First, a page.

The Board found that respondent Daboll had violated § 8(a)(1) and (3) of the National Labor Relations Act, and that respondent Union had violated § 8(b)(1)(A) and (2). Some time in the month of January of 1952, the respondents entered into a collective bargaining agreement which was in force and effect on March 10, 1952, the date of the alleged unfair labor practices. The board found the contract to be an illegal union security agreement.
Respondents contend that the contract and action taken by them pursuant thereto are protected by § 102 of the Labor Management Relations Act, 1947, 29 U.S.C.A. § 158 note, which provides, in part:
'* * * the provisions of section 8(a)(3) and section 8(b)(2) of the National Labor Relations Act * * * shall not make an unfair labor practice the performance of any obligation under a collective-bargaining agreement entered into prior to the date of the enactment of the Act, * * * unless such agreement was renewed or extended subsequent thereto.'
Respondents attempted to establish that the contract which Daboll agreed to adopt on or about January 1, 1952, and which bore the date of January 1, 1951, had been in effect without change except as to wages since 1946. The terms of the January 1, 1951, contract were adopted by the respondents in an independent agreement which became the contract of the parties as of that date. It could have no such retroactive effect as to bring it within the protection of § 102.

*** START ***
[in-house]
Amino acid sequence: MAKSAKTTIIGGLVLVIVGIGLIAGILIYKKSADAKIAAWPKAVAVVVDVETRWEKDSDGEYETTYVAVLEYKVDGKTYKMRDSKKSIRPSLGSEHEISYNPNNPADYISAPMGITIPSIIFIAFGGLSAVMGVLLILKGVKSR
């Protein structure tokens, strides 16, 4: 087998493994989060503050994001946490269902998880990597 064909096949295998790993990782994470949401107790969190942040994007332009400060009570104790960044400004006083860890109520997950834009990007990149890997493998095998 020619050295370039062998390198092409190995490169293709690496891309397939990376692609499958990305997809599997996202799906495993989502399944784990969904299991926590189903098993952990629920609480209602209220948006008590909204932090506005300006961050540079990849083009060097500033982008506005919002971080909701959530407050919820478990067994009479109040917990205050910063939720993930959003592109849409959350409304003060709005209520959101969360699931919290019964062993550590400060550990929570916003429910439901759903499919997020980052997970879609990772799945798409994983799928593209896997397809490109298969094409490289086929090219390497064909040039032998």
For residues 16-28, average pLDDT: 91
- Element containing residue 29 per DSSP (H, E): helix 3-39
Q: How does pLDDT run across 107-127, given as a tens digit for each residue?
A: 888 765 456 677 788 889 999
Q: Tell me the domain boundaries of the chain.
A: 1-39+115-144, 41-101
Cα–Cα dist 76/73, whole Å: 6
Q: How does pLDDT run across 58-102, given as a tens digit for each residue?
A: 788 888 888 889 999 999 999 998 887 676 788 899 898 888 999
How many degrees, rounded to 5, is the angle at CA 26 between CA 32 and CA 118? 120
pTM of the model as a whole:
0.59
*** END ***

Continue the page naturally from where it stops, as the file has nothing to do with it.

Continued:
By the terms of the agreement Daboll undertook to 'require that all plasterers on the job shall be members in good standing of this Local Union,' while the local union on its part agreed to furnish competent men. The agreement further provided that, 'should an occasion arise wherein the Local Union is unable to furnish requested men within forty-eight hours after said requisition is placed, the employer shall be free to request men himself through other Local Unions, provided that the men have clearances from Local No. 797 before going to work.'
On or about March 10, 1952, Clarence Sells and Wesley Sinclair were denied employment pursuant to the terms of this agreement in that, although members of another local, they had not and could not obtain a clearance from Local 797. The Board's determination that this action was pursuant to the terms of an illegal union security agreement which violated § 8(a)(3) of the Act is clearly correct. The action taken tended to encourage membership in Local 797 on the part of Sells and Sinclair, and in any event the enforcement of an agreement of the character existing between respondents violated § 8(a)(3). Radio Officers' Union of Commercial Telegraphers Union, A.F.L. v. National Labor Relations Board, 347 U.S. 17, 74 S.Ct. 323.
It is ordered that a decree be entered enforcing the order of the Board.